Doris Kearns Goodwin: Obama's Had 'Most Difficult Political Culture' of Any President in a Long Time
One of the requirements to be a liberal media member in the 21st century is to have selective amnesia when your agenda demands it.
Consider presidential historian Doris Kearns Goodwin who during an appearance on PBS's Charlie Rose Monday said, "The political culture in which [Barack Obama's] had to work in these last four years may have been the most difficult political culture that any president’s had in a long period of time" (video follows with transcript and commentary):
DORIS KEARNS GOODWIN: To go back to what Bob Woodward said, I mean we can't forget that the Republicans have attacked the Democrats and have attacked Obama even more fiercely than he's attacked them. So it's not like he's out there just saying all these mean things about them. He's responding to a Republican Party that at one point said the most important thing they had to do was to get rid of him after four years.
So I agree you’ve got to rise above that, and you’ve got to still deal with them, and you want to make deals when you're there, but the political culture in which he's had to work in these last four years may have been the most difficult political culture that any president’s had in a long period of time.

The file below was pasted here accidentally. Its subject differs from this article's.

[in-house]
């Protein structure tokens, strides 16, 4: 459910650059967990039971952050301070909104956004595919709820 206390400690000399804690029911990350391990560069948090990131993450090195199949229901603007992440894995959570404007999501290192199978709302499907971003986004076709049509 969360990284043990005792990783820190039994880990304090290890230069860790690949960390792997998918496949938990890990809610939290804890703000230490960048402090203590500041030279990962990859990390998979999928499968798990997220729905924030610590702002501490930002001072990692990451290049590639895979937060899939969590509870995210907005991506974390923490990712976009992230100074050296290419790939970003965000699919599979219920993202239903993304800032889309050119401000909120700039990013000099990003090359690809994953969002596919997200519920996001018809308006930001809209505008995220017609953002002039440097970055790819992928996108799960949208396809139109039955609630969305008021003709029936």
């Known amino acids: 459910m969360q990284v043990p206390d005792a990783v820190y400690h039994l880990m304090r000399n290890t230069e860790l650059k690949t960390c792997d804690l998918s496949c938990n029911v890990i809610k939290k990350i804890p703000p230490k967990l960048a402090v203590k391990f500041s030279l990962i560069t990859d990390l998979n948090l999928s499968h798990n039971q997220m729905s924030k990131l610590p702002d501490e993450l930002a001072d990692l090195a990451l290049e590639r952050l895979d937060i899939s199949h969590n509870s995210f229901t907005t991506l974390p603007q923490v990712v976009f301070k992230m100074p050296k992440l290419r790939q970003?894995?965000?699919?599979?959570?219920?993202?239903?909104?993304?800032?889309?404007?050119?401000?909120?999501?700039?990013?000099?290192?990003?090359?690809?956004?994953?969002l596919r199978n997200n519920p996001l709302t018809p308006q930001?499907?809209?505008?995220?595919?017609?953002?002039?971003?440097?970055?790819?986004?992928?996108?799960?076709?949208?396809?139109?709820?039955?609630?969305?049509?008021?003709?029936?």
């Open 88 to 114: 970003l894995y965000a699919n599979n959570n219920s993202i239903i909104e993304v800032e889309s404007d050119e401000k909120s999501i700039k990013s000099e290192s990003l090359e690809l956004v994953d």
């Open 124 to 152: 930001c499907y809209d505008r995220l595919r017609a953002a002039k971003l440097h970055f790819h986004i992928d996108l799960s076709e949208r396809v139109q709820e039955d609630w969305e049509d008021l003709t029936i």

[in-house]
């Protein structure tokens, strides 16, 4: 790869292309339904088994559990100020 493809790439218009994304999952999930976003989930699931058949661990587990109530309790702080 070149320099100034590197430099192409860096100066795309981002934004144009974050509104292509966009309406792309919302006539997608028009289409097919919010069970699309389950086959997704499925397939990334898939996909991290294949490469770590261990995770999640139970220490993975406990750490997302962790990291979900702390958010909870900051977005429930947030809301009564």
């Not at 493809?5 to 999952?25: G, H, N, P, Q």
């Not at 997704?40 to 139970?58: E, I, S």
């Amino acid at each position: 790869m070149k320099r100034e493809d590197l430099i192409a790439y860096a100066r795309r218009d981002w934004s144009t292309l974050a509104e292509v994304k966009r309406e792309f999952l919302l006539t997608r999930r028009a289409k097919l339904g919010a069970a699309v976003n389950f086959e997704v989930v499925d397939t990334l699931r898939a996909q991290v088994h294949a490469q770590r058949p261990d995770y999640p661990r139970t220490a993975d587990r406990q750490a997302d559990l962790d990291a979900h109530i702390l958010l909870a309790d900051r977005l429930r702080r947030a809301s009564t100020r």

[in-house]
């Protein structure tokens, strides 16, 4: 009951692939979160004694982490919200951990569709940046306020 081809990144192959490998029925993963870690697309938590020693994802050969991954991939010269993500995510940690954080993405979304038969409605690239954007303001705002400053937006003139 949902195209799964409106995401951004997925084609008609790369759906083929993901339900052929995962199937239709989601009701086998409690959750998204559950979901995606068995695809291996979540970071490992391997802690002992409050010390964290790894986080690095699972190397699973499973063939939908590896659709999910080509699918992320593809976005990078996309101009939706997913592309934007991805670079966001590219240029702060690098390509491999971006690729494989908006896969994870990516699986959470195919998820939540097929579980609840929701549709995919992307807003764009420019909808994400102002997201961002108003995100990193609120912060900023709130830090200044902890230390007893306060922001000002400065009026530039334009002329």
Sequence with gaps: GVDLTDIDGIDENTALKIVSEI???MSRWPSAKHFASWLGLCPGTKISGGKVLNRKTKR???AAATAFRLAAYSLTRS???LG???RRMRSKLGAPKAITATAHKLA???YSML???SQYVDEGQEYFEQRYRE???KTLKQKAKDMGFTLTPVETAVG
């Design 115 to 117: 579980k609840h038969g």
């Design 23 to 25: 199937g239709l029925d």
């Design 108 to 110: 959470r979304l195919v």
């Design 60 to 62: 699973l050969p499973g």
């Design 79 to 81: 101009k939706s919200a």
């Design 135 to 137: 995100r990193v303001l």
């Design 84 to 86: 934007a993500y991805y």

Keep in mind this is a presidential historian. She therefore should at the very least recall the climate George W. Bush had to deal with in his two terms with liberals and their media minions far more hostile towards him than anything Obama had to face in his first term.
Frankly, it's not even in the same league.
Alas, Doris like so many of her liberal colleagues doesn't see it that way.
Fortunately, the Washington Post's Bob Woodward - who earlier in the program came down on Obama's attacks on Republicans - was there to offer some sanity:
BOB WOODWARD: A president needs to maintain in the end his moral authority over all of these things that we're talking about, and if he is in this kind of food fight with the opposition -- and Doris is right, the Republicans are often bitter and more nasty in their attacks on him -- but he's the president. He's got the A shares here, and he needs to find a way because, you know, even though there's strident talk in politics in this country, you go out and talk to people and it's astounding the number of people who are actually moderates and in the middle, and those are the people the president needs to bring to him, and you do that, I think, by not attacking the opposition in the way he does.
If more in the media expressed such sentiments rather than agreeing with and cheering on the president's attacks, maybe he'd be forced to take a different tone with his opponents thereby leading to greater cooperation between the parties and our branches of government.
Makes you wonder if the press actually wants such a thing and instead enjoy the squabbling.
As much as they call for bipartisanship, the media seem to revel in the mudslinging - when it's directed at Republicans, that is.